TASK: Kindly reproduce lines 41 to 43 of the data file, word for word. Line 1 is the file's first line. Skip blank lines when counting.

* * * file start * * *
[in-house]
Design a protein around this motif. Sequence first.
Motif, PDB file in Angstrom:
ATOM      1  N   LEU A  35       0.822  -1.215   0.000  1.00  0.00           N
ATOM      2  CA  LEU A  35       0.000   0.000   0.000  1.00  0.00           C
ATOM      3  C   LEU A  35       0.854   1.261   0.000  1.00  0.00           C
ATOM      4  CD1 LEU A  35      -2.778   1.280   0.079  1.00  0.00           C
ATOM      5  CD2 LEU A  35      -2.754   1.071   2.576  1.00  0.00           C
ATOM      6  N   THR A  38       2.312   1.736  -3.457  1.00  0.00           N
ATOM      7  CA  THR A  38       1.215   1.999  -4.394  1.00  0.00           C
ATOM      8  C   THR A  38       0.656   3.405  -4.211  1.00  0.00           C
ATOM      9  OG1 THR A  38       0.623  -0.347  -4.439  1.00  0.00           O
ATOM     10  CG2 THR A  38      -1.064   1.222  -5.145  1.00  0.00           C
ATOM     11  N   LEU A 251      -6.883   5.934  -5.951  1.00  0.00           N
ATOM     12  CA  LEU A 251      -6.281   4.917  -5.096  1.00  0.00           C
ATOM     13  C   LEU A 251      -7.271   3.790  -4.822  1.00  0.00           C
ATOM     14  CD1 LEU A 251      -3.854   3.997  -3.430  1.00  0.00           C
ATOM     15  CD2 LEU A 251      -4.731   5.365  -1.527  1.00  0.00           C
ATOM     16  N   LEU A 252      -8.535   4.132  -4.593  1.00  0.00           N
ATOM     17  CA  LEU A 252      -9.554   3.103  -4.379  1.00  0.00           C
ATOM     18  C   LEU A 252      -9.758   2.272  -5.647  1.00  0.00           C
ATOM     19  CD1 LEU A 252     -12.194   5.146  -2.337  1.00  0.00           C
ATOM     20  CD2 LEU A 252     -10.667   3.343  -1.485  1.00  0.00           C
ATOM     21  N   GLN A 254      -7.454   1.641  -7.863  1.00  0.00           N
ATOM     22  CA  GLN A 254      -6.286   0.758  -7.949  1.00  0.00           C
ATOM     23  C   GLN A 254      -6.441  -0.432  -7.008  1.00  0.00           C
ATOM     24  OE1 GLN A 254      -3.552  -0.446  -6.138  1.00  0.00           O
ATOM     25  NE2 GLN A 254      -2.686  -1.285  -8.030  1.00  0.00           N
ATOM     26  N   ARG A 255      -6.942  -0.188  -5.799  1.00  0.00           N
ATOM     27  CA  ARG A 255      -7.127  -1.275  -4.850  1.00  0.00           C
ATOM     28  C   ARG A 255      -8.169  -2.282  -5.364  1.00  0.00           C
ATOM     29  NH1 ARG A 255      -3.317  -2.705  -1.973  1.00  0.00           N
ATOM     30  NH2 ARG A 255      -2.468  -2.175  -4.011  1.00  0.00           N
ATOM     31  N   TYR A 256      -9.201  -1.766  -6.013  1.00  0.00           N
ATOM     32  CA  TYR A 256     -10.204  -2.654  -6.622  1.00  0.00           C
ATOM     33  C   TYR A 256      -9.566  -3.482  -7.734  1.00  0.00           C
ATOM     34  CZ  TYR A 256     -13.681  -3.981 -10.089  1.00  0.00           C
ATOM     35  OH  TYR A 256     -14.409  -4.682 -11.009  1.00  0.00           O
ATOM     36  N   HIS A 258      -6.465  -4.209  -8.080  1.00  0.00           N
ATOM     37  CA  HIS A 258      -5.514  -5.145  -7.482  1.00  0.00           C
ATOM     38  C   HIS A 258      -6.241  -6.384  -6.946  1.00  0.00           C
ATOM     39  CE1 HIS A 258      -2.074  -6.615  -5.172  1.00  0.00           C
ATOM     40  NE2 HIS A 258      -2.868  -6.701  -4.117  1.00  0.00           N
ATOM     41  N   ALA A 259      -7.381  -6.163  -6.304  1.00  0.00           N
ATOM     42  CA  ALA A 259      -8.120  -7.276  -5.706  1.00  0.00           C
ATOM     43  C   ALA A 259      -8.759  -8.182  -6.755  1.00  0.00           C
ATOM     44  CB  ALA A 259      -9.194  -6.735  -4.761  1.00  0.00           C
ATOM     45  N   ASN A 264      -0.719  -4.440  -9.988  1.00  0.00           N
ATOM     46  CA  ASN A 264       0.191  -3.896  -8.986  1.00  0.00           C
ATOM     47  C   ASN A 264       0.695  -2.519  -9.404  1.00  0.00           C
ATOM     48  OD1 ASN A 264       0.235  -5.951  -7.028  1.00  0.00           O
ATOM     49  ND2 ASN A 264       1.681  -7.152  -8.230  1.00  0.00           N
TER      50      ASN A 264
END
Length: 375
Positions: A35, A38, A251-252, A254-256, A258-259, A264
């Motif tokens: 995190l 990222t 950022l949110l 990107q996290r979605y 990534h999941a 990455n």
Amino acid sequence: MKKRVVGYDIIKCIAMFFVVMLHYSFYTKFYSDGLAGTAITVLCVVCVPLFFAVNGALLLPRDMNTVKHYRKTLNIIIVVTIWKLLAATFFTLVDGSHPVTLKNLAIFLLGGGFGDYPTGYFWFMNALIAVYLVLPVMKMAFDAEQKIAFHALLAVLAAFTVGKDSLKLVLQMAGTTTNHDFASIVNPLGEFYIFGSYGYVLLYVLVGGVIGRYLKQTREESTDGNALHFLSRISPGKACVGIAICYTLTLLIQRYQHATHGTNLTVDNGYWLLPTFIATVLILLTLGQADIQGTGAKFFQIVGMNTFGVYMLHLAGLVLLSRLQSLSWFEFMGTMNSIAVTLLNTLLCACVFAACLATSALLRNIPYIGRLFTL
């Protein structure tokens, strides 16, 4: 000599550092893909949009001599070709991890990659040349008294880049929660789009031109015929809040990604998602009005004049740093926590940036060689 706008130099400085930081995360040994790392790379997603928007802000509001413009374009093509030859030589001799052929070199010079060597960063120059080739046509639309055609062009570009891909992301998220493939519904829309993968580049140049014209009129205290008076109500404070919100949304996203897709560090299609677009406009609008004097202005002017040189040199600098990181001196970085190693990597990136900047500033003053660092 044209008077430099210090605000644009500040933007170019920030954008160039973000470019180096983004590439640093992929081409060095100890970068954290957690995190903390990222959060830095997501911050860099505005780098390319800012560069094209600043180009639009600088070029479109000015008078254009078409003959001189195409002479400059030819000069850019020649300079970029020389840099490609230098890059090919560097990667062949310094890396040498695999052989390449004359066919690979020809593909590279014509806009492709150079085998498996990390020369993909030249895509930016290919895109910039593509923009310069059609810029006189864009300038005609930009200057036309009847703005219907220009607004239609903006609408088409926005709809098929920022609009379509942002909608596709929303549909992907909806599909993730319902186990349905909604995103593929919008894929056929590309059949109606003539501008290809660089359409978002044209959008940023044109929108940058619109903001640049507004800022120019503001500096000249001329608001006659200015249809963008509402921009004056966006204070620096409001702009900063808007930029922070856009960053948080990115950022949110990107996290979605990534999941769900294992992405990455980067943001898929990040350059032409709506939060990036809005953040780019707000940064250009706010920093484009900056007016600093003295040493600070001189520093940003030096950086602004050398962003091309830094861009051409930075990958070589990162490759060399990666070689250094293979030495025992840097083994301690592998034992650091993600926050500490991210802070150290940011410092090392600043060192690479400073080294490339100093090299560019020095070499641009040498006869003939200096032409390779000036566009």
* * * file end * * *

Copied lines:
ATOM     38  C   HIS A 258      -6.241  -6.384  -6.946  1.00  0.00           C
ATOM     39  CE1 HIS A 258      -2.074  -6.615  -5.172  1.00  0.00           C
ATOM     40  NE2 HIS A 258      -2.868  -6.701  -4.117  1.00  0.00           N